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Streambed microstructure predicts evolution of development and life history mode in the plethodontid salamander Eurycea tynerensis

Overview of attention for article published in BMC Biology, March 2006
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1 tweeter

Citations

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22 Dimensions

Readers on

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42 Mendeley
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1 CiteULike
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Title
Streambed microstructure predicts evolution of development and life history mode in the plethodontid salamander Eurycea tynerensis
Published in
BMC Biology, March 2006
DOI 10.1186/1741-7007-4-6
Pubmed ID
Authors

Ronald M Bonett, Paul T Chippindale

Abstract

Habitat variation strongly influences the evolution of developmentally flexible traits, and may drive speciation and diversification. The plethodontid salamander Eurycea tynerensis is endemic to the geologically diverse Ozark Plateau of south-central North America, and comprises both strictly aquatic paedomorphic populations (achieving reproductive maturity while remaining in the larval form) and more terrestrial metamorphic populations. The switch between developmental modes has occurred many times, but populations typically exhibit a single life history mode. This unique system offers an opportunity to study the specific ecological circumstances under which alternate developmental and life history modes evolve. We use phylogenetic independent contrasts to test for relationships between a key microhabitat feature (streambed sediment) and this major life history polymorphism.

Twitter Demographics

The data shown below were collected from the profile of 1 tweeter who shared this research output. Click here to find out more about how the information was compiled.

Mendeley readers

The data shown below were compiled from readership statistics for 42 Mendeley readers of this research output. Click here to see the associated Mendeley record.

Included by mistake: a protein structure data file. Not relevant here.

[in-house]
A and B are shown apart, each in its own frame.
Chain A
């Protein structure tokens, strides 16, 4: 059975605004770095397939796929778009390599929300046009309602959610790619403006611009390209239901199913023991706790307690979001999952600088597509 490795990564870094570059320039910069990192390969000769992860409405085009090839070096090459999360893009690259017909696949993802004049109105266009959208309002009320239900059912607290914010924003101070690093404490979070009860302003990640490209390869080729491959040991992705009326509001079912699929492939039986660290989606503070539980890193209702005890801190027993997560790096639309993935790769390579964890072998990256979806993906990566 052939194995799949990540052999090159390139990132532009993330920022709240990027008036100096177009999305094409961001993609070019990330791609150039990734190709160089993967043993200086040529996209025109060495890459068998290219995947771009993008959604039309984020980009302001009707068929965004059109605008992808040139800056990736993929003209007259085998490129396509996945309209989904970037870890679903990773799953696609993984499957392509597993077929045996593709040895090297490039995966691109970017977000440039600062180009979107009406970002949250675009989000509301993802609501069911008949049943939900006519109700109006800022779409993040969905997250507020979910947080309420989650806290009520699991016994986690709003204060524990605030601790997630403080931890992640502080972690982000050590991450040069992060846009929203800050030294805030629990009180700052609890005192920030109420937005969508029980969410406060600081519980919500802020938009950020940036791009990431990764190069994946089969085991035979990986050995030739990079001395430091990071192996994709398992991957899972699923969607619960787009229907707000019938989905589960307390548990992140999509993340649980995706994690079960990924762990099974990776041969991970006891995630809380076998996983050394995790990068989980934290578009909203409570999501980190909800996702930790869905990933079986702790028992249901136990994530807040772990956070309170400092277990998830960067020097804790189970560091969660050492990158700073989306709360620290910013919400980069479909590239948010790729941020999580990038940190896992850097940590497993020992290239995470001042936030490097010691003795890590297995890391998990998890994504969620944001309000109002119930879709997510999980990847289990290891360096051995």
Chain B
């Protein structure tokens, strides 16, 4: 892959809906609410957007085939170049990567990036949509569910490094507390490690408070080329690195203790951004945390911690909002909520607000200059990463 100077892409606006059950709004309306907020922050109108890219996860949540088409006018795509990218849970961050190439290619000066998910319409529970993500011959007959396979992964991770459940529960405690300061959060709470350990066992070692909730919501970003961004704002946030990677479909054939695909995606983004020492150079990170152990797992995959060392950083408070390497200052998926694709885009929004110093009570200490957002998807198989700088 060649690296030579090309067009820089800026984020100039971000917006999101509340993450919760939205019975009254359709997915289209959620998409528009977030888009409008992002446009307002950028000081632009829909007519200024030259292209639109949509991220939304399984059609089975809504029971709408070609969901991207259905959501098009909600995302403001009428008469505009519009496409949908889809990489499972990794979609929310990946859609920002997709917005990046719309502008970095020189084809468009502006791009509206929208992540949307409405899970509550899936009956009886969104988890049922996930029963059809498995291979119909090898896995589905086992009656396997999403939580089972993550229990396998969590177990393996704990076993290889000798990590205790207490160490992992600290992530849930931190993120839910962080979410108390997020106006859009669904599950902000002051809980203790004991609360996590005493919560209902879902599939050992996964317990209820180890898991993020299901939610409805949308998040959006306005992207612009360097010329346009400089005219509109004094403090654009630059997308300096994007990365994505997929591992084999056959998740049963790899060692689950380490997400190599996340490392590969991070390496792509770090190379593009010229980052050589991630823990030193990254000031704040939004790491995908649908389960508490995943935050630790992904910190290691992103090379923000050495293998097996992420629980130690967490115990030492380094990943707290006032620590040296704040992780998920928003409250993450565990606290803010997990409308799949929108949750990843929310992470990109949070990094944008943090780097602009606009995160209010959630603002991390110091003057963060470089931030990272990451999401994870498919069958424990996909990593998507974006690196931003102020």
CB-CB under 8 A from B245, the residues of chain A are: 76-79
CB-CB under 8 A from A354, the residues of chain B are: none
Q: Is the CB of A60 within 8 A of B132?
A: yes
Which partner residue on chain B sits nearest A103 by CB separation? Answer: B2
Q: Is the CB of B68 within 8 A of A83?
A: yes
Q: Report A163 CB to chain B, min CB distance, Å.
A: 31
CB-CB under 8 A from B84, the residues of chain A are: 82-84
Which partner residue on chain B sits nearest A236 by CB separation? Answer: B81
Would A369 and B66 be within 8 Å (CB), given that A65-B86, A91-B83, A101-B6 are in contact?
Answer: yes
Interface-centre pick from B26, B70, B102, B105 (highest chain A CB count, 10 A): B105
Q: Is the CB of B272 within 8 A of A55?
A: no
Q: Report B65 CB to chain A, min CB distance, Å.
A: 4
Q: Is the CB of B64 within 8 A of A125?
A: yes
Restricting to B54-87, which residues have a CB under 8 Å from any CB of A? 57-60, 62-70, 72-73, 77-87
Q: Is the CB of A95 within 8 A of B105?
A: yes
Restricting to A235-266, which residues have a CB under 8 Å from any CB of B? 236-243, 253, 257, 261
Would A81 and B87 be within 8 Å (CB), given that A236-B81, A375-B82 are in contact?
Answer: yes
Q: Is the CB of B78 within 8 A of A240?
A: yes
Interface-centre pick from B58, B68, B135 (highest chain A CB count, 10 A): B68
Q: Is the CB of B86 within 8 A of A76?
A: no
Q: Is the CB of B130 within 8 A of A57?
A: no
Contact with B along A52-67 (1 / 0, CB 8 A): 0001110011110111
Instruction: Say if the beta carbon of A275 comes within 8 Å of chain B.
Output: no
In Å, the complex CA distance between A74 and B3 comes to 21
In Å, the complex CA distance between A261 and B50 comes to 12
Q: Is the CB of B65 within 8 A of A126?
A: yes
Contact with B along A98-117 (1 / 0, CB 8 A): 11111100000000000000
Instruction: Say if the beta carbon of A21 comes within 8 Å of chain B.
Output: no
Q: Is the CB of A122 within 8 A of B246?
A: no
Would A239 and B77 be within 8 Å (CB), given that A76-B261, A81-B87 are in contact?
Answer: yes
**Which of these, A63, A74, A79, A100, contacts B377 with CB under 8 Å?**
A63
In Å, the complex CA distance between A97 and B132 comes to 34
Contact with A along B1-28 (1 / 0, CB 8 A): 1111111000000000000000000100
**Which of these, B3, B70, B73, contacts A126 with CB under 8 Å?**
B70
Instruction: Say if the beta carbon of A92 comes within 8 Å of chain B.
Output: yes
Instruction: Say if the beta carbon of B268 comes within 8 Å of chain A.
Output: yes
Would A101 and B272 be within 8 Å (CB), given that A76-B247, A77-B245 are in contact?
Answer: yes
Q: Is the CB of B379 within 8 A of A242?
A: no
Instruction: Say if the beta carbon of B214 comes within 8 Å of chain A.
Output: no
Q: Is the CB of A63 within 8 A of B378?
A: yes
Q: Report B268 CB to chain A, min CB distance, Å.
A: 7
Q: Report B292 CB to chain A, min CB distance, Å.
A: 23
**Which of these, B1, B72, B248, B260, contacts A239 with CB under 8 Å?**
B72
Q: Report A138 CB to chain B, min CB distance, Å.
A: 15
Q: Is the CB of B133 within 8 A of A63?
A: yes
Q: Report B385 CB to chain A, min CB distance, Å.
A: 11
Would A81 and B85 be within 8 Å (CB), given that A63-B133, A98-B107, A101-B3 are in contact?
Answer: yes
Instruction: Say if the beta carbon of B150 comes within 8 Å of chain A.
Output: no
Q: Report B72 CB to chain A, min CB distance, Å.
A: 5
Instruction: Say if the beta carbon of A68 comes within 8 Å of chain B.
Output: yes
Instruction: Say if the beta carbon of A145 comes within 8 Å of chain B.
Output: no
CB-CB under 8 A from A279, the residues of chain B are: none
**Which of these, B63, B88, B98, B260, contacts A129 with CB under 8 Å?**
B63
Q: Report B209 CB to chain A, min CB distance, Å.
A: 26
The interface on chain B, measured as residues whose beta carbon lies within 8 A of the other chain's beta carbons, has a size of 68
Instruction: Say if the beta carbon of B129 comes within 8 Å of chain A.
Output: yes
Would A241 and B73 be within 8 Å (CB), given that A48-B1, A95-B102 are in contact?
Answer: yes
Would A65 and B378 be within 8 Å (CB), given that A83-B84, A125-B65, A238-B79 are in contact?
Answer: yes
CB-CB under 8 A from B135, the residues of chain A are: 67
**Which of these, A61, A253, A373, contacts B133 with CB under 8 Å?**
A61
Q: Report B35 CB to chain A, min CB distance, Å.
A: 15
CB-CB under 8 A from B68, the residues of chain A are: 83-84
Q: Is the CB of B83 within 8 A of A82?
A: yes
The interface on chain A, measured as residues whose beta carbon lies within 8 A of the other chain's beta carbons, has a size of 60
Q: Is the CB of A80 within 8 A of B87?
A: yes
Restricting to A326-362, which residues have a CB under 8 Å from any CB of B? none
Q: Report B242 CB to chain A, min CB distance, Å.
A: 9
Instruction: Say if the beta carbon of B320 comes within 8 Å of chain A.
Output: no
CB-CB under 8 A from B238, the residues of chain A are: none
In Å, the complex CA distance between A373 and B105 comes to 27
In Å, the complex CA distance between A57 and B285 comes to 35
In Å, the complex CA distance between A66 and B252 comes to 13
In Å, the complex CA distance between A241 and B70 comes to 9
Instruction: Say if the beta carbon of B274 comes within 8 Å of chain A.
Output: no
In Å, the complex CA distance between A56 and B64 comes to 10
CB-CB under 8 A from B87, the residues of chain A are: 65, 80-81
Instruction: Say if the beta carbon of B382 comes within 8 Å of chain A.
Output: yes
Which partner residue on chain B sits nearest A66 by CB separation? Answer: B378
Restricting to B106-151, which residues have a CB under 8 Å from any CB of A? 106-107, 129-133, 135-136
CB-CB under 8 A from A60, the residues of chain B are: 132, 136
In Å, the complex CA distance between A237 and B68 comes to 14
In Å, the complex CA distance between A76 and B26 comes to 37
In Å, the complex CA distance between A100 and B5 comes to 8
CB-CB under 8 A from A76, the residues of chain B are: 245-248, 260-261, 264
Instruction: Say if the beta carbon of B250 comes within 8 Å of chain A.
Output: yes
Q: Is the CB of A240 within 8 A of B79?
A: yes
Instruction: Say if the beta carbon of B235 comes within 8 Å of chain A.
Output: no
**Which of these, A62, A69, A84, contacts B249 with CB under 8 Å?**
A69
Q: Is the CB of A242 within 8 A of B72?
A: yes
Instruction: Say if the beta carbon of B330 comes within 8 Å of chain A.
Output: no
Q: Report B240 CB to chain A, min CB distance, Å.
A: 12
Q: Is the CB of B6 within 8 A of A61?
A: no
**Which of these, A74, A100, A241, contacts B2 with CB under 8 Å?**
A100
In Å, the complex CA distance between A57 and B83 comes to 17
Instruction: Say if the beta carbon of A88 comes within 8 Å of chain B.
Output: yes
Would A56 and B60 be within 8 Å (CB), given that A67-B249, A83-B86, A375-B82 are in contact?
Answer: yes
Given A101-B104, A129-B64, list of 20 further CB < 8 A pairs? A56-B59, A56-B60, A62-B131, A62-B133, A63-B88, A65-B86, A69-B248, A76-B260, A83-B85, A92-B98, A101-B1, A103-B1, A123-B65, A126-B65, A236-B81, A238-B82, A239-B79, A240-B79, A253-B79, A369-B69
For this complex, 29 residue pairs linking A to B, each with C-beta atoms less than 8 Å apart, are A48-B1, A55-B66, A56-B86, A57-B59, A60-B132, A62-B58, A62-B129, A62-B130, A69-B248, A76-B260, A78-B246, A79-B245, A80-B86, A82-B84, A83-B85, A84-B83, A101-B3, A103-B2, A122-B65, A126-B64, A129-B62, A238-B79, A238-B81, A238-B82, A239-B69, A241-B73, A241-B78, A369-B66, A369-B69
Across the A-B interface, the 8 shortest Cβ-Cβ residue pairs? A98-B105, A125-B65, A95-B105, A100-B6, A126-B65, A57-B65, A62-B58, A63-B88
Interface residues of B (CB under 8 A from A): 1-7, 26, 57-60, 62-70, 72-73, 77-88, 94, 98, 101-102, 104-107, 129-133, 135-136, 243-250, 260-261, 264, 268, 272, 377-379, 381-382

Geographical breakdown

Country Count As %
United States 3 7%
Portugal 1 2%
Germany 1 2%
Brazil 1 2%
Unknown 36 86%

Demographic breakdown

Readers by professional status Count As %
Student > Ph. D. Student 8 19%
Researcher 7 17%
Student > Master 6 14%
Other 5 12%
Professor > Associate Professor 4 10%
Other 7 17%
Unknown 5 12%
Readers by discipline Count As %
Agricultural and Biological Sciences 20 48%
Environmental Science 9 21%
Biochemistry, Genetics and Molecular Biology 5 12%
Immunology and Microbiology 1 2%
Psychology 1 2%
Other 1 2%
Unknown 5 12%

Attention Score in Context

This research output has an Altmetric Attention Score of 1. This is our high-level measure of the quality and quantity of online attention that it has received. This Attention Score, as well as the ranking and number of research outputs shown below, was calculated when the research output was last mentioned on 04 March 2014.
All research outputs
#2,015,232
of 3,632,901 outputs
Outputs from BMC Biology
#479
of 574 outputs
Outputs of similar age
#49,238
of 95,397 outputs
Outputs of similar age from BMC Biology
#26
of 27 outputs
Altmetric has tracked 3,632,901 research outputs across all sources so far. This one is in the 26th percentile – i.e., 26% of other outputs scored the same or lower than it.
So far Altmetric has tracked 574 research outputs from this source. They typically receive a lot more attention than average, with a mean Attention Score of 11.0. This one is in the 8th percentile – i.e., 8% of its peers scored the same or lower than it.
Older research outputs will score higher simply because they've had more time to accumulate mentions. To account for age we can compare this Altmetric Attention Score to the 95,397 tracked outputs that were published within six weeks on either side of this one in any source. This one is in the 26th percentile – i.e., 26% of its contemporaries scored the same or lower than it.
We're also able to compare this research output to 27 others from the same source and published within six weeks on either side of this one. This one is in the 1st percentile – i.e., 1% of its contemporaries scored the same or lower than it.